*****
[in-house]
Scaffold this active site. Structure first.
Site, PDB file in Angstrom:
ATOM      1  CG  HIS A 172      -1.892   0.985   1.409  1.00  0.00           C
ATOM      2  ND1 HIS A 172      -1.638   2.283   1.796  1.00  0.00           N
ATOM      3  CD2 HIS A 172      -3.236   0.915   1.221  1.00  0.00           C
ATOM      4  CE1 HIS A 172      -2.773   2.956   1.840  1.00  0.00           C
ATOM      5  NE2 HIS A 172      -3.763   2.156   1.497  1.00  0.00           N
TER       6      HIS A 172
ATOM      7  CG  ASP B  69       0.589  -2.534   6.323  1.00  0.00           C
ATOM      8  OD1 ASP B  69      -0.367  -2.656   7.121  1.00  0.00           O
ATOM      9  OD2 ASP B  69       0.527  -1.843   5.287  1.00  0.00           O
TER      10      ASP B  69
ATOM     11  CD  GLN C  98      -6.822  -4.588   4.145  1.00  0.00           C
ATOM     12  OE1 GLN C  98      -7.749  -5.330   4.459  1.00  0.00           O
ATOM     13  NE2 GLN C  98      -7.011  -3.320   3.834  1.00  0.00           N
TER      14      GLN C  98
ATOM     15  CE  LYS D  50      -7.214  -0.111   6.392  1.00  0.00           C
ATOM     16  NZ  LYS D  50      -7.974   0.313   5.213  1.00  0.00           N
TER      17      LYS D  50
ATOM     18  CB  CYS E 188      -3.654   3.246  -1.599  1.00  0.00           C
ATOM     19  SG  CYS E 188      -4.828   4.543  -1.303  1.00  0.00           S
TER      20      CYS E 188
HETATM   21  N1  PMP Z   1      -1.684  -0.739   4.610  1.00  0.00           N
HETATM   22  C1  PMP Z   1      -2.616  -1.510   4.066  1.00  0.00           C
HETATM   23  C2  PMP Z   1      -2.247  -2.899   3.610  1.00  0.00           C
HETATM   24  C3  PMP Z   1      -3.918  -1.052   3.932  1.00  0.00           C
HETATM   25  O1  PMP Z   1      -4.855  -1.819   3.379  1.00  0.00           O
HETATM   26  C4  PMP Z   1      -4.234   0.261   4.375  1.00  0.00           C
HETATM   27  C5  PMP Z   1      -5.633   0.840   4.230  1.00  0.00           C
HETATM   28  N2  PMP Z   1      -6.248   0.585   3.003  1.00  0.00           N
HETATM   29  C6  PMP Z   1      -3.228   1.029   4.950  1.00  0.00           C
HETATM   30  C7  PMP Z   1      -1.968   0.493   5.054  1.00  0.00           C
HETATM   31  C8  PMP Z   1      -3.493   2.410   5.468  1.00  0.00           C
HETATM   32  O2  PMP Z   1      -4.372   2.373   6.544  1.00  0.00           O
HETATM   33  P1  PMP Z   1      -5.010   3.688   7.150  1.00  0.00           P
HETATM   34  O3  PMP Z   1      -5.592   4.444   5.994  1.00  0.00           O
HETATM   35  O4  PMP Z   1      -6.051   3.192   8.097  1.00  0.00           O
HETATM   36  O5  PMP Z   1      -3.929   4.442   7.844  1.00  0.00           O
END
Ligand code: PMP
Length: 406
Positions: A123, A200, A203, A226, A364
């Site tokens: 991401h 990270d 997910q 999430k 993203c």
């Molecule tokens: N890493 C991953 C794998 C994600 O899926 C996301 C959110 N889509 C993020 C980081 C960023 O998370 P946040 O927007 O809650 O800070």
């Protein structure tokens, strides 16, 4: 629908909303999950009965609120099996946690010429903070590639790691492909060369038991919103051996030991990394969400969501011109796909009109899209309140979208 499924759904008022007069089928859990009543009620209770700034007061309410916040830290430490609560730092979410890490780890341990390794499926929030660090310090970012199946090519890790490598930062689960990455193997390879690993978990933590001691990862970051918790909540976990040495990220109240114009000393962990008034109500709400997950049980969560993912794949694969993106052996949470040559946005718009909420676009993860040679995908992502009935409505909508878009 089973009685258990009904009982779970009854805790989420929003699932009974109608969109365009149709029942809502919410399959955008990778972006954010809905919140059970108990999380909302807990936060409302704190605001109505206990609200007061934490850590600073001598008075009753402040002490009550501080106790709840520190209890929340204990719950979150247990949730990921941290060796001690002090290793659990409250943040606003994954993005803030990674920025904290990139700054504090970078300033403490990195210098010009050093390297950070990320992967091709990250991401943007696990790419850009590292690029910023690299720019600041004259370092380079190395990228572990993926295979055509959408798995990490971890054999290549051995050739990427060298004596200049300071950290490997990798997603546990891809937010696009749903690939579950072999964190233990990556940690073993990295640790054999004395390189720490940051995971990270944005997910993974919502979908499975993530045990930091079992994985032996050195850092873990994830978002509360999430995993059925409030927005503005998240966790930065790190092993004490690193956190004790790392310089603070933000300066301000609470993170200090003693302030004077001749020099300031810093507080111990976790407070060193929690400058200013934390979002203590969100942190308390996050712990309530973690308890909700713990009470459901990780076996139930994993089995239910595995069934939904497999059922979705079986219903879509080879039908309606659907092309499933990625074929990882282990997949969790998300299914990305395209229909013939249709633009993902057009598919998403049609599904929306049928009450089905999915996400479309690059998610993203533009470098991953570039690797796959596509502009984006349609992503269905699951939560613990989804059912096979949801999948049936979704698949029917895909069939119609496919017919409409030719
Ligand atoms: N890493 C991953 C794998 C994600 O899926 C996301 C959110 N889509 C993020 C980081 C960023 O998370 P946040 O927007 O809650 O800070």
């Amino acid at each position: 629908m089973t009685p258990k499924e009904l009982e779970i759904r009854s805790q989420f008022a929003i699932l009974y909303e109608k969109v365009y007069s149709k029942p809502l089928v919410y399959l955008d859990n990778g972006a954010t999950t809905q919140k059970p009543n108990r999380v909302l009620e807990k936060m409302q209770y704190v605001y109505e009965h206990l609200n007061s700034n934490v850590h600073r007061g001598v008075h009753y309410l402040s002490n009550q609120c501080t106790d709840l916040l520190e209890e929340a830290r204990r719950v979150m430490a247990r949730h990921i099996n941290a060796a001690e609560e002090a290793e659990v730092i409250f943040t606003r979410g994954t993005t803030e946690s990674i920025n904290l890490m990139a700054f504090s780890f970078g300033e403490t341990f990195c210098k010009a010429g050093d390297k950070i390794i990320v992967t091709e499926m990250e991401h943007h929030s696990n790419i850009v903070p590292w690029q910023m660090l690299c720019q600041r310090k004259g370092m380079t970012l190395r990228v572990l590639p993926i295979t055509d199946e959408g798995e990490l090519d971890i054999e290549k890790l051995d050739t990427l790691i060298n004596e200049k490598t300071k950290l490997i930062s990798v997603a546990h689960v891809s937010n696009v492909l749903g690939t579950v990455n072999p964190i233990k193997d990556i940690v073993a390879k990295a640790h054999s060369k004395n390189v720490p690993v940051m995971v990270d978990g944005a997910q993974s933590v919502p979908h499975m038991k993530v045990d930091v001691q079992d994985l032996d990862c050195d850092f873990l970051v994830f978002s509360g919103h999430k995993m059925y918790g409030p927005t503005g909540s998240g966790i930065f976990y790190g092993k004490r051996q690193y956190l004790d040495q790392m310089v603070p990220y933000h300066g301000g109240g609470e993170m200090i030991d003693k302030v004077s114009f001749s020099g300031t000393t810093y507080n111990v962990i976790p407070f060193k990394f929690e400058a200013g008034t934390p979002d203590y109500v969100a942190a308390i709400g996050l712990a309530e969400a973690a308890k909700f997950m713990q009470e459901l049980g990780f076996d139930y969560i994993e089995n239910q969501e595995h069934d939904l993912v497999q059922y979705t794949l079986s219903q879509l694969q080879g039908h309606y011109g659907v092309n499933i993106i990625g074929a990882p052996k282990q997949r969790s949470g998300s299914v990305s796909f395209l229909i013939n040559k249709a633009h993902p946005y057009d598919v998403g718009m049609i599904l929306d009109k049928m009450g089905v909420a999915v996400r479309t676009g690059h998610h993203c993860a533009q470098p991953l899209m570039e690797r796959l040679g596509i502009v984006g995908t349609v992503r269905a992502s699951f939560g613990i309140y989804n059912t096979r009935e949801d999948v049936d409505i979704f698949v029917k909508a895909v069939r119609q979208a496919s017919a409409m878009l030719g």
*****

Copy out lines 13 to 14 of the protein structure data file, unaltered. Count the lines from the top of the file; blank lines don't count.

TER      10      ASP B  69
ATOM     11  CD  GLN C  98      -6.822  -4.588   4.145  1.00  0.00           C